1985 — Iowa Hawkeyes 12, Michigan 10

Iowa had risen to the No. 1 ranking during the season and faced off against No. 2 Michigan. Trailing by 1 point with seconds to go, a field goal from Rob Houghtlin sealed a famous victory as time ran out.

2016 — Iowa Hawkeyes 14, Michigan 13

Michigan came into the game ranked No. 2 in the country, facing the struggling 5-4 Hawkeyes. Trailing 10-0 in the second quarter, things again looked bleak for the Hawkeyes. However, a rally in the game and another late field goal would see the Hawkeyes cause the upset.

Iowa football FAQ

How many national championships has Iowa won? The University of Iowa has never won a D1 national title in football. Also, it has never played a game for that title. In the College Football Playoff era, it has yet to get one of the four spots. However, in the BCS era, the Hawkeyes had a couple of undefeated regular seasons that could have catapulted them into the BCS title game but failed to win the Big Ten championship game in both of those instances.

What are the team colors/mascot? Iowa’s colors are black and gold. The mascot is Hercules the Hawk, often called Herky for short. Iowa’s primary logo is the head of a tiger hawk. Secondary logos involve the letter “I,” and an acronym “ANF” which stands for America Needs Farmers.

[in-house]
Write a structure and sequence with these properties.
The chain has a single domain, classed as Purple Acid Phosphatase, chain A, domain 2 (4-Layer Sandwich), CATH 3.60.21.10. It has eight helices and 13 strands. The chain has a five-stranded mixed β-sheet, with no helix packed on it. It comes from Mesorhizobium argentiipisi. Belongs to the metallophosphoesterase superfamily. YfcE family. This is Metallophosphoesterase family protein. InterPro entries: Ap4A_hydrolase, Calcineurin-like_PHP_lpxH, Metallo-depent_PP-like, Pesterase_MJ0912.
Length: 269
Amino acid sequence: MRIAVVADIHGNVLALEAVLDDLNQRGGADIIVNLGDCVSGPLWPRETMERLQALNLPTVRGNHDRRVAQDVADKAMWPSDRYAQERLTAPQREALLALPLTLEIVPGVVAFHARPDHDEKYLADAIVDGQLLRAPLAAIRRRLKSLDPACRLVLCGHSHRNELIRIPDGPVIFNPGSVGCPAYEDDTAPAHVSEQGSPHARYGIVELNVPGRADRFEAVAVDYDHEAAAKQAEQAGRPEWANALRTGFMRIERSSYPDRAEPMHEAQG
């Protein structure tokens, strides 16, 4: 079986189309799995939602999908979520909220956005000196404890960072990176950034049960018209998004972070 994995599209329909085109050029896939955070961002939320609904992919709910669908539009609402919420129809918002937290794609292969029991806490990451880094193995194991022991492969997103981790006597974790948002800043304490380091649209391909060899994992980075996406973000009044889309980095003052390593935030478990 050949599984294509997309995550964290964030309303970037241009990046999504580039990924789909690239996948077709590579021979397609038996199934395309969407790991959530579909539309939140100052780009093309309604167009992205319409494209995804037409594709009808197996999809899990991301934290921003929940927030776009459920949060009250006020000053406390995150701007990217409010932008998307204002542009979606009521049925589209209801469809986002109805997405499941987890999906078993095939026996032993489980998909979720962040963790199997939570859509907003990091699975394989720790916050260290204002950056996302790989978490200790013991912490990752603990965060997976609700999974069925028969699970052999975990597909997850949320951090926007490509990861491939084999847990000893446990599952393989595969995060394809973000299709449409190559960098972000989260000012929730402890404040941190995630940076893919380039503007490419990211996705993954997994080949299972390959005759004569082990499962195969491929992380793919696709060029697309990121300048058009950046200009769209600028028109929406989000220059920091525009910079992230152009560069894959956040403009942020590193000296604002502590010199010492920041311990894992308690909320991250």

How much are Iowa football tickets? Prices range greatly based on where in Kinnick you want to sit and for which game. Big Ten games will cost you more than non-conference games a rule, and there is some disparity between those Big Ten contests as well. Regardless, you shouldn’t expect to pay less than three figures for a good seat to a high-profile Big Ten bout.

How many Iowa football numbers are retired? The University of Iowa has retired two numbers for football. Those are 24, which belonged to the program’s only Heisman Trophy winner, Nile Kinnick. The other is 62, which belonged to Cal Jones. Jones was a consensus first-team All-American and arguably the best defensive lineman to play for Iowa ever.